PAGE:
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Blue River Gutters

Why You Shouldn’t Use Box Gutters For Your Home

What are Box Gutters?

Box gutters are just exactly what they sounds like. They are shaped like a box. There’s not much design to them, not much detail. They’re just built for size and handling water capacity. When you see them, they are usually in a commercial setting strictly for function and almost blend in and look like part of the fascia board. It’s just an extension of that and the front of the gutters will also be flat. Box gutters are usually hand bent brake and installed in 10, 20, and 30 foot sections. That can also be roll-formed.

How Do Box Gutters Work?

Box gutters work in the same way that standard cased out gutters work in that they flow from either left or right going toward the downspout. They are usually installed more level than  K style which is usually pitched about a quarter-inch per 10 foot. You’ll see that box gutters are installed level. However, they work in the same exact way as standard gutters. It’s an eavestrough and then a downspout or outlet to let the water flow out of them.

What is The Difference Between a Box Gutter and More Modern Gutters?

The main difference you will see is first, the size and utility of it. You’ll see the size be one to two times as large as standard K style and the appearance will be much different. Our K style looks like a residential indoor crown molding and you will see that a box gutter has a flat front to it. Almost resembling the fascia board and not having much detail to it at all.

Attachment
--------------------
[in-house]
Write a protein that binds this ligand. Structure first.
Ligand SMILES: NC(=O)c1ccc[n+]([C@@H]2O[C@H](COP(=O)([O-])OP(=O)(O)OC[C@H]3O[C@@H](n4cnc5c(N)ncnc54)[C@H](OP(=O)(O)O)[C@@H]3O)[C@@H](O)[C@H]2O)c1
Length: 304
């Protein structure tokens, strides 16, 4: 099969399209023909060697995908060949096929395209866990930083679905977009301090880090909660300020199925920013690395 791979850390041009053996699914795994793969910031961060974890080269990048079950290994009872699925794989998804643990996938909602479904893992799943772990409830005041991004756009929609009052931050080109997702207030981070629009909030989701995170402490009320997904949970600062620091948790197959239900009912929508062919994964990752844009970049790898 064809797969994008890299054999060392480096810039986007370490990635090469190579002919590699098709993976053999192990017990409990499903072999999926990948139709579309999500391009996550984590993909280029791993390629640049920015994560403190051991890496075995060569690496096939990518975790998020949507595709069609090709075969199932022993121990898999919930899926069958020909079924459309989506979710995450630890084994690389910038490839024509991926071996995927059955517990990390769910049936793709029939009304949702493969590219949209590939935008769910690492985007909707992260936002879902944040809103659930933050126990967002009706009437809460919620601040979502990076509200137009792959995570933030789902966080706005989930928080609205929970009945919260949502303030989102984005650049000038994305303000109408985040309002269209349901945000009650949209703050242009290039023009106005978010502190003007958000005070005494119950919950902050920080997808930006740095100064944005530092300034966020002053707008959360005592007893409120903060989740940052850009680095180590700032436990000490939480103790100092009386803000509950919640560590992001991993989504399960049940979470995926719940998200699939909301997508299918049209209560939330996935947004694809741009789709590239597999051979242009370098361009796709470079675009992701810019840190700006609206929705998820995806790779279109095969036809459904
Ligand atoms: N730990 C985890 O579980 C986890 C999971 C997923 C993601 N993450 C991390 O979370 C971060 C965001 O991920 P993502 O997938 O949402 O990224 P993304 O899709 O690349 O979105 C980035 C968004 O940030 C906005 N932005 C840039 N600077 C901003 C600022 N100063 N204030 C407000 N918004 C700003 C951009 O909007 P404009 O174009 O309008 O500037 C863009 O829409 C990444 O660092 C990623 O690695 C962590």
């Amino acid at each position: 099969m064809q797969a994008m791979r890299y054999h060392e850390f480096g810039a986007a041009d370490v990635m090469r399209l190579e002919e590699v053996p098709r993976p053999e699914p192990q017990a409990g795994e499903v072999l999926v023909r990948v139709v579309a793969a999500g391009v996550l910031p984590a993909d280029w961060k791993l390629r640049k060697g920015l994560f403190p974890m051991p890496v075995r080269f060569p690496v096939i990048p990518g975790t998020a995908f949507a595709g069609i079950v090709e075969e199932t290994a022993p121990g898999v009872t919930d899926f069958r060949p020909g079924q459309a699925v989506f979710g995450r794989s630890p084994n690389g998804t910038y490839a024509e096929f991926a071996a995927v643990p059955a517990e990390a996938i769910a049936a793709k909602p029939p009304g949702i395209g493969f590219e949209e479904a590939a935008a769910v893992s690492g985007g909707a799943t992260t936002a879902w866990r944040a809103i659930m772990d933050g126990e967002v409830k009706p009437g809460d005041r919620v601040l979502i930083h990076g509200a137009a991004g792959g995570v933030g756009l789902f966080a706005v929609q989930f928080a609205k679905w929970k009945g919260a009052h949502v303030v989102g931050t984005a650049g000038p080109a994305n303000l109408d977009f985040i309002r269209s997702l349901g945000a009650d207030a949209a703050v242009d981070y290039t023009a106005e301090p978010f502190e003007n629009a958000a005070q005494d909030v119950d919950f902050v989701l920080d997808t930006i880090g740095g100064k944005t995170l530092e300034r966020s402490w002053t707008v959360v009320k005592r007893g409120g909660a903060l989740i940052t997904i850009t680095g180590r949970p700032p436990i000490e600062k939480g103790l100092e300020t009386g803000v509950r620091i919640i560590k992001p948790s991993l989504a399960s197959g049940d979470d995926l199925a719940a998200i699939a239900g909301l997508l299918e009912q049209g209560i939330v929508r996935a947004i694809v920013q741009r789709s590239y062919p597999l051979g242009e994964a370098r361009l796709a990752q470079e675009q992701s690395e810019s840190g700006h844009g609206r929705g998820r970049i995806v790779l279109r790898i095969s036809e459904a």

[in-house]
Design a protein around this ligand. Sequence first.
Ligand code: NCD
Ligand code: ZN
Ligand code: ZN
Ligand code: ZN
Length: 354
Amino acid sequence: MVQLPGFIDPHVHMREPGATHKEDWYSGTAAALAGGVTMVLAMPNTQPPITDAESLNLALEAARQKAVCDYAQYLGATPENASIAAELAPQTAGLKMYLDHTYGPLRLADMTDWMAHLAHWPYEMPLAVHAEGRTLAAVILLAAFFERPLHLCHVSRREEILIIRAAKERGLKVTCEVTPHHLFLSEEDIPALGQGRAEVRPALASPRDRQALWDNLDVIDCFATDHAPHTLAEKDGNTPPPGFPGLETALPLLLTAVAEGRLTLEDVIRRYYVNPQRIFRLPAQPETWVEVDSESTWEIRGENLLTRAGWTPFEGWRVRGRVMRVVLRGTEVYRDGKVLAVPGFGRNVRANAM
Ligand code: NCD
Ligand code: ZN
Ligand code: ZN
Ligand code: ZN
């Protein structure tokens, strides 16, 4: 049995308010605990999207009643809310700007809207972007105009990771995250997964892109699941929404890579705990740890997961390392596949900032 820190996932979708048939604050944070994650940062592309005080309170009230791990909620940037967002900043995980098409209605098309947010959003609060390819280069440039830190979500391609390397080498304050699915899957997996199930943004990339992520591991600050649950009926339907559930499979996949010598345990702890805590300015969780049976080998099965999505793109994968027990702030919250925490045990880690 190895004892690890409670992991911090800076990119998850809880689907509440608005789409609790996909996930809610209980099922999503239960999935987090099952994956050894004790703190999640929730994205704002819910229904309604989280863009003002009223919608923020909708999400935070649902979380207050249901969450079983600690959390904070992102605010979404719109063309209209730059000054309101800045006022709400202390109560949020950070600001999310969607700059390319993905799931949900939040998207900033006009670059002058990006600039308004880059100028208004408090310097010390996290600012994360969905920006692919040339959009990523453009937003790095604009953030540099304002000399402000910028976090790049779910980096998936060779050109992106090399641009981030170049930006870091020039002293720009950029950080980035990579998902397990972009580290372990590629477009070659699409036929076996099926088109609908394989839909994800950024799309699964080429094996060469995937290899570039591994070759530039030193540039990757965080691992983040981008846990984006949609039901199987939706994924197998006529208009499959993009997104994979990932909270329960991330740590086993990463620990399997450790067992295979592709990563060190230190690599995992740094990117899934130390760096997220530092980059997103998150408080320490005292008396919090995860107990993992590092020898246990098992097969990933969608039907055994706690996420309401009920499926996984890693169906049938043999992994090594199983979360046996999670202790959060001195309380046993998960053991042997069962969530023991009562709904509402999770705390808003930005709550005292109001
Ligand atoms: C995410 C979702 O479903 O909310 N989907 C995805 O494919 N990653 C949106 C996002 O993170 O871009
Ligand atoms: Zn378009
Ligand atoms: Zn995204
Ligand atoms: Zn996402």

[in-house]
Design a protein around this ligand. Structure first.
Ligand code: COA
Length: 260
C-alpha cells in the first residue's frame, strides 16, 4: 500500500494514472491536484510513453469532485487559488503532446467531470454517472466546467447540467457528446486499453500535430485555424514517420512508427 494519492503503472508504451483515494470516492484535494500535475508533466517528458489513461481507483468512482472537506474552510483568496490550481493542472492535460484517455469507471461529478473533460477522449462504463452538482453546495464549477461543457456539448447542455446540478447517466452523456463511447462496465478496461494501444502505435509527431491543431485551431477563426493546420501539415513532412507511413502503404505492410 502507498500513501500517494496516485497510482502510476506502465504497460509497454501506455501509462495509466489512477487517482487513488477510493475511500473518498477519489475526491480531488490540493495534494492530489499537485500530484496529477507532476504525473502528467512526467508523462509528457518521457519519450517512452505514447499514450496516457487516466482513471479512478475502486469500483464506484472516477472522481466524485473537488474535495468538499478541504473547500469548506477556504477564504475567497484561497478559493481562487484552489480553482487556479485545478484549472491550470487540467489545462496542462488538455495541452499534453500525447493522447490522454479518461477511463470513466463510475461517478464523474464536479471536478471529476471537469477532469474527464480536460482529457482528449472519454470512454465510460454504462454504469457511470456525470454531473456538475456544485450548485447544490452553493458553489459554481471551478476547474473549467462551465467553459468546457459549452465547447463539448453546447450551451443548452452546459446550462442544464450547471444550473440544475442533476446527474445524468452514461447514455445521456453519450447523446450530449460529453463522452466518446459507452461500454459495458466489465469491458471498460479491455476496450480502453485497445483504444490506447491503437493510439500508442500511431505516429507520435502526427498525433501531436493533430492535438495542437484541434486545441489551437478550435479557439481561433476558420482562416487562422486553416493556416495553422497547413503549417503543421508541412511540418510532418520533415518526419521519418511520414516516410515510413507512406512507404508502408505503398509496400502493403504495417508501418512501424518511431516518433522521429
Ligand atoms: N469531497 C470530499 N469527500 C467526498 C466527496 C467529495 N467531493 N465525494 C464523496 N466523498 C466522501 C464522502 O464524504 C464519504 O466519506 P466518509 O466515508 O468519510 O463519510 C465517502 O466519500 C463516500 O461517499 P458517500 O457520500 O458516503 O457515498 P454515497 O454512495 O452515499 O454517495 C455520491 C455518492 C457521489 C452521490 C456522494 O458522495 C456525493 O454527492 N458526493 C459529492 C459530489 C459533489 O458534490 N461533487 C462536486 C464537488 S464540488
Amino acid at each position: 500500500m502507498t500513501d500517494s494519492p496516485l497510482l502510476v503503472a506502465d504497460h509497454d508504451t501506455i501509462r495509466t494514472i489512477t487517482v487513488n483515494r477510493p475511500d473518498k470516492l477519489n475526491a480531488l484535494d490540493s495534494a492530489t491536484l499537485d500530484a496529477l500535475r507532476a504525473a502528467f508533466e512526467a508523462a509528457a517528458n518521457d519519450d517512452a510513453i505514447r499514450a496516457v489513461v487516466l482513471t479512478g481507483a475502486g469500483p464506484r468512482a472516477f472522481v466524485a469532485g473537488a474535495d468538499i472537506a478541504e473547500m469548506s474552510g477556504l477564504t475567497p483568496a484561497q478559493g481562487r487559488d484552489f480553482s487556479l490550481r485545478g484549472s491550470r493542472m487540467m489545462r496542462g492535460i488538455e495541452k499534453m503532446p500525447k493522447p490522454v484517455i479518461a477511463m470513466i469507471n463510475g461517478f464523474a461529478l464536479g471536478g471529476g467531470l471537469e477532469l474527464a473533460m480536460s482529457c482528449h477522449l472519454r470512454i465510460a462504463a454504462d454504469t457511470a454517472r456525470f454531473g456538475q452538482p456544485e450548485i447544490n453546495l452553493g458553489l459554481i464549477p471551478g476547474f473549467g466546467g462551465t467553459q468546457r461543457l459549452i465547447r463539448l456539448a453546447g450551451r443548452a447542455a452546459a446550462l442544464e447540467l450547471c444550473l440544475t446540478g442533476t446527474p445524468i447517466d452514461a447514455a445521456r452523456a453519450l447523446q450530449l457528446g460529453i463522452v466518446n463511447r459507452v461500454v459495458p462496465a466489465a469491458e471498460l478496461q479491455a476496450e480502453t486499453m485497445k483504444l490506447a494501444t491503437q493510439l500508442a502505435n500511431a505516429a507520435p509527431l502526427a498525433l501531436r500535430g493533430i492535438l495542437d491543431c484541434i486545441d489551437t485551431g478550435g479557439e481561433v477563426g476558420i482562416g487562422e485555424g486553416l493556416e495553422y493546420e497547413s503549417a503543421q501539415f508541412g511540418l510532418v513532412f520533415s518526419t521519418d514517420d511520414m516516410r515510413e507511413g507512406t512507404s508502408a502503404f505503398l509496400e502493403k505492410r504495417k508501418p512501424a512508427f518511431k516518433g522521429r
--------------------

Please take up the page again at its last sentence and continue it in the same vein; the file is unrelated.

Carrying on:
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Blue River Gutters

Our rain gutter specialists have been attaching seamless gutters, gutter guards and accessories for over 20 years. Our customers routinely recommend us for our workmanship.

Box Gutter Durability

Box gutters can be much more durable in the short term because they are usually made of galvanized and are much more rigid than aluminum. They have a shorter lifespan than aluminum because they are subject to rest. The overall size of box gutters start at six inches and can go all the way up to 12-inch which allows them to handle a lot of capacity.

Residential Box Gutters Can Have Too Much Weight

Using this in a residential situation you want to make sure you don’t put too large of a capacity gutter out there on the eaves. Because too much water captured into a gutter system can actually pull down the fascia board on the eave if the gutters were ever to get clogged. You won’t be sure to balance that. Make sure the size is proportionate and you can have a lot more significant weight inside the box gutter. Not only is the material heavier, but the sheer size of them if they ever get stopped up can be really heavy.

Cost Difference Between Box Gutters and Standard Gutters

Box gutters can be two to three times as much as standard K style seamless gutters. It can range from $15 to $30 a linear foot depending on the size and who’s installing it. Whereas standard gutters range from $5 to $10 per linear foot.

Common Problems

Box gutters often look less attractive than more standard gutters. So you’ll see that their appearances have more utility than curb appeal. And another issue with them is their longevity is much shorter because they are subject to rust because they’re made from galvanized.

Conclusion

Use a standard gutter in a residential situation. Box gutters are too heavy and lack curb appeal. They are usually made from galvanized steel, which is unnecessary for the residential setting. A 6 inch or 5 inch K style gutter is more suited and more acceptable for resale for a residential home.

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